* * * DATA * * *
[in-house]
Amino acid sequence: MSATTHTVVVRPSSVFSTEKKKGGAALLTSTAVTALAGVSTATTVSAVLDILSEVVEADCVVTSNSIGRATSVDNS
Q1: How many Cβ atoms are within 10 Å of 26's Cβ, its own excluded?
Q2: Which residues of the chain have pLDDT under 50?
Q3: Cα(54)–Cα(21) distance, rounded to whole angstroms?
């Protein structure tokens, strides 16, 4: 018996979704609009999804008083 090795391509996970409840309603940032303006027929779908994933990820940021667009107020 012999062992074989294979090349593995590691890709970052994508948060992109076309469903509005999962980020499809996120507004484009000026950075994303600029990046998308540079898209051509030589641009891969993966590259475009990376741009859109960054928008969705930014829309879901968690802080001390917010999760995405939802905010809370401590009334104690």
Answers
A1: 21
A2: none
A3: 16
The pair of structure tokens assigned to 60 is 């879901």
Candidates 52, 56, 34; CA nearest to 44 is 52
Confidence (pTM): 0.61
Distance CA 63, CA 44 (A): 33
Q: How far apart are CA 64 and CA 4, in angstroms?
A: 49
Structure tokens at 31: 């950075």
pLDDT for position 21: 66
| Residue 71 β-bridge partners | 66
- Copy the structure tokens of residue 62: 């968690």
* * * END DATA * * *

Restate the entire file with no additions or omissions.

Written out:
[in-house]
Amino acid sequence: MSATTHTVVVRPSSVFSTEKKKGGAALLTSTAVTALAGVSTATTVSAVLDILSEVVEADCVVTSNSIGRATSVDNS
Q1: How many Cβ atoms are within 10 Å of 26's Cβ, its own excluded?
Q2: Which residues of the chain have pLDDT under 50?
Q3: Cα(54)–Cα(21) distance, rounded to whole angstroms?
């Protein structure tokens, strides 16, 4: 018996979704609009999804008083 090795391509996970409840309603940032303006027929779908994933990820940021667009107020 012999062992074989294979090349593995590691890709970052994508948060992109076309469903509005999962980020499809996120507004484009000026950075994303600029990046998308540079898209051509030589641009891969993966590259475009990376741009859109960054928008969705930014829309879901968690802080001390917010999760995405939802905010809370401590009334104690």
Answers
A1: 21
A2: none
A3: 16
The pair of structure tokens assigned to 60 is 């879901």
Candidates 52, 56, 34; CA nearest to 44 is 52
Confidence (pTM): 0.61
Distance CA 63, CA 44 (A): 33
Q: How far apart are CA 64 and CA 4, in angstroms?
A: 49
Structure tokens at 31: 């950075």
pLDDT for position 21: 66
| Residue 71 β-bridge partners | 66
- Copy the structure tokens of residue 62: 């968690």